In this process, an offset phenomenon in which images were re-transferred to not-image areas was observed, and a temperature at which images were not re-transferred was defined as non-offset temperature, which is shown in Table 2.
The image density of fixed images formed at 150° C. was measured by a Macbeth reflection densitometer and images were frictionally rubbed by a sand rubber eraser to the fixed images. After measuring the image density after frictional rubbing, the fixing strength was calculated according to the following equation:
Fixing Strength=(image density after frictional rubbing/image density before frictional rubbing)×100,
which is defined as an index for the fixing strength (%), and the values of 80 or more were defined as “good” in view of the melt-mixing property of the particles in the color toner. Table 2 shows the obtained fixing strength.
For the image density of the thus formed fixed images, the difference of density was measured between paper not used for measurement and the white paper portion of the fixed images was measured by a Macbeth reflection densitometer and judged as “good” in a case of 0.005 or less and “bad” in a case of 0.005 or more. Table 2 shows the obtained fogging.
10 g of the toner was placed in a polyethylene bottle and stored at 45° C. for seven days. After allowing it to cool, the toner was taken out of the bottle and the extent of cohesion was visually judged. In a case where lumps were present, they were lightly touched with a finger and judged as “good” where the lumps were disintegrated causing no practical problem and judged as “bad” where hardness was felt. Table 2 shows the obtained storability.
The non-offset region having a range of 60° C. or more was judged satisfactory. Table 2 shows the obtained result.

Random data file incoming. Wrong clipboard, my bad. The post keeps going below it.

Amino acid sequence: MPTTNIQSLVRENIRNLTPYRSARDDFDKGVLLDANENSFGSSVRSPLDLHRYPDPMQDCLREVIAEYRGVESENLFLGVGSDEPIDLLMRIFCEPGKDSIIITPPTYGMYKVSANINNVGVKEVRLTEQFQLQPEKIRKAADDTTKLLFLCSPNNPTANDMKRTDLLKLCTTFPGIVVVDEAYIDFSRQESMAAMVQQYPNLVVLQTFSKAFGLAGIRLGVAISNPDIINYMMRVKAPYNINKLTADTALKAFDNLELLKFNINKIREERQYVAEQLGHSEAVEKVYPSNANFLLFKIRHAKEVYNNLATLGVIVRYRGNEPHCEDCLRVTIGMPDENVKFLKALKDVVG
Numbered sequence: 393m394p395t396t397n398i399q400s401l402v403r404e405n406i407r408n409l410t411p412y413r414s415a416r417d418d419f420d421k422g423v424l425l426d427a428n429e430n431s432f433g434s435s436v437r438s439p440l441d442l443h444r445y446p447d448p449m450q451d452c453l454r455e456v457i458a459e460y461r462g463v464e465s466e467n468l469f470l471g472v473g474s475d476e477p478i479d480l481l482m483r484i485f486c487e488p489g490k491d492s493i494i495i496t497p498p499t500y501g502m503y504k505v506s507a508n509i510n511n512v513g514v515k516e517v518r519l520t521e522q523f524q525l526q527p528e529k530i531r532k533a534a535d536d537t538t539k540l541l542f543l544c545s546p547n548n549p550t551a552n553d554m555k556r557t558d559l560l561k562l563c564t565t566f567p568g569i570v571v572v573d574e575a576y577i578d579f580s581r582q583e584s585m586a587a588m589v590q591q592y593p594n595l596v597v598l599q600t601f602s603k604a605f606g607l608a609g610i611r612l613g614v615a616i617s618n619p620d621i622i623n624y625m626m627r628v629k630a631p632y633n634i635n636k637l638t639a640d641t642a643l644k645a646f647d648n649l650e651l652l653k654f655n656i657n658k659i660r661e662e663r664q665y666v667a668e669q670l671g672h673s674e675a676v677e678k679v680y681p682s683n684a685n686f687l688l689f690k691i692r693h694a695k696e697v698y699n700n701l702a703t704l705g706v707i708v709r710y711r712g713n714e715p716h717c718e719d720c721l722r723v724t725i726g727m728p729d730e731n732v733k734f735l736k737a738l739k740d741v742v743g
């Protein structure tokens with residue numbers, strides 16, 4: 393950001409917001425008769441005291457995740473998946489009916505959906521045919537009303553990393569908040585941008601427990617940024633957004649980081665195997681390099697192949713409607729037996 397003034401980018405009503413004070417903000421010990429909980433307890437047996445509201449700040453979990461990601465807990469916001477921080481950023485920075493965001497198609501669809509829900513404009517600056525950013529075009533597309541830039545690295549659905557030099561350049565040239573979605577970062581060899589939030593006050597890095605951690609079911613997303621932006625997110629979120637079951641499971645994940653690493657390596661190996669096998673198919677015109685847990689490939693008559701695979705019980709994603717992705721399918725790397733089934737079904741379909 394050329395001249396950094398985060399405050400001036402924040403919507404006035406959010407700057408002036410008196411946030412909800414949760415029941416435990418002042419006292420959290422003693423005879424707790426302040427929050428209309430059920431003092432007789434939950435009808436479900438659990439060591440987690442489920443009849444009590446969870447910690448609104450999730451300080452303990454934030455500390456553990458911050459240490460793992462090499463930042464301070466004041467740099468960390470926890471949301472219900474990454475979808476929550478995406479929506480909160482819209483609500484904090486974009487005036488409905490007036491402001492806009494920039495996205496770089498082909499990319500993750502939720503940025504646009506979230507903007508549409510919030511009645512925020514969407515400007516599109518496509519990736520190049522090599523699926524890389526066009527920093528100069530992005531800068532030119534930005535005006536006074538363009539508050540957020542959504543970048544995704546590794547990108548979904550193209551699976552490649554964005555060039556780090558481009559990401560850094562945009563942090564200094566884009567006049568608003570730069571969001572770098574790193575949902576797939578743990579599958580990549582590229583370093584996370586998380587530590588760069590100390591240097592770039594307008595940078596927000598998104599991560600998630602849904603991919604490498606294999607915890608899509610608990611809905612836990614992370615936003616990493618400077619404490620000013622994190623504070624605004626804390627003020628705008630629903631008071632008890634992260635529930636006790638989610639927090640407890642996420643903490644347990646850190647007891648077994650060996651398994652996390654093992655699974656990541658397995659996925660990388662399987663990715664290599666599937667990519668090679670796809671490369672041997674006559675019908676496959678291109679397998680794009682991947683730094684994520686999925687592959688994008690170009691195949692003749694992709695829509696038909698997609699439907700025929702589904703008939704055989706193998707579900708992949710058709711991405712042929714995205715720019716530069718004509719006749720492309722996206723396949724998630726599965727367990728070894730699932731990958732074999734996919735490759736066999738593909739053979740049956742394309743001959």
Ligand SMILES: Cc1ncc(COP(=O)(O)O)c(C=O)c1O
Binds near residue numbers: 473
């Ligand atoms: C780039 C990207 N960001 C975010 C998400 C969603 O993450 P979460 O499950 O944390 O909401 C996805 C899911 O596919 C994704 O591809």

Comp. ex. 1
Comp. ex. 2
Comp. ex. 3
Comp. ex. 4
Comp. ex. 5
Comp. ex. 6
Comp. ex. 7
Comp. ex. 8
Comp. ex. 9
Comp. ex. 10
Ex.: Example, Comp. ex.: Comparative example
As shown in Table 2, satisfactory results were obtained for Examples 1 to 12 as the toners of the invention as shown in Table 2. On the contrary, in Comparative Examples 1 and 2 since the acid value of the resin was out of the range of the invention, no satisfactory results were obtained for the non-offset region as the fixing property. In Comparative Example 3, since the DSC peak temperature of the wax was low, the storability was worsened. In Comparative Example 4, since the DSC peak temperature of wax was high, the exuding effect was poor and no satisfactory results were obtained for the non-offset region as the fixing property. In Comparative Example 5, since the melting temperature of the resin was high, no satisfactory results were obtained for the non-offset region as the fixing property. In Comparative Examples 7 and 8, since the mixing ratio of the waxes was deviated respectively, no wide non-offset region could be obtained. In Comparative Example 9, since the wax content was large, chargeability became instable to cause fogging. In Comparative Example 10, the wax content was insufficient and the fixing property was poor. As described above, those other than the present invention could not provide satisfactory results.
According to the present invention, since the mixture of carnauba wax and nonpolar paraffin wax is used as the releasing agent and a polyester resin having an acid value of 7 to 20 mg KOH/g is used as the binder resin, a color toner having good fixing property, glossiness, transparency and releasability can be obtained without coating a fixing oil to a fixing apparatus.
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|Citing Patent||Filing date||Publication date||Applicant||Title|
|US8394563||Jun 6, 2008||Mar 12, 2013||Cabot Corporation||Carbon blacks, toners, and composites and methods of making same|
|US20080305422 *||Jun 6, 2008||Dec 11, 2008||Shim Anne K||Carbon blacks, toners, and composites and methods of making same|
|U.S. Classification||430/108.4, 430/109.4, 430/108.8|
|International Classification||G03G9/097, G03G9/087, G03G9/09, G03G9/08|
|Cooperative Classification||G03G9/08755, G03G9/08704, G03G9/08795, G03G9/08797, G03G9/08782|
|European Classification||G03G9/087H5, G03G9/087B1, G03G9/087H6, G03G9/087D4, G03G9/087F3|
|Mar 22, 2004||AS||Assignment|
Owner name: SHARP KABUSHIKI KAISHA, JAPAN
Free format text: ASSIGNMENT OF ASSIGNORS INTEREST;ASSIGNOR:KUBO, MASAHIKO;REEL/FRAME:015125/0207
Effective date: 20040223
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Year of fee payment: 4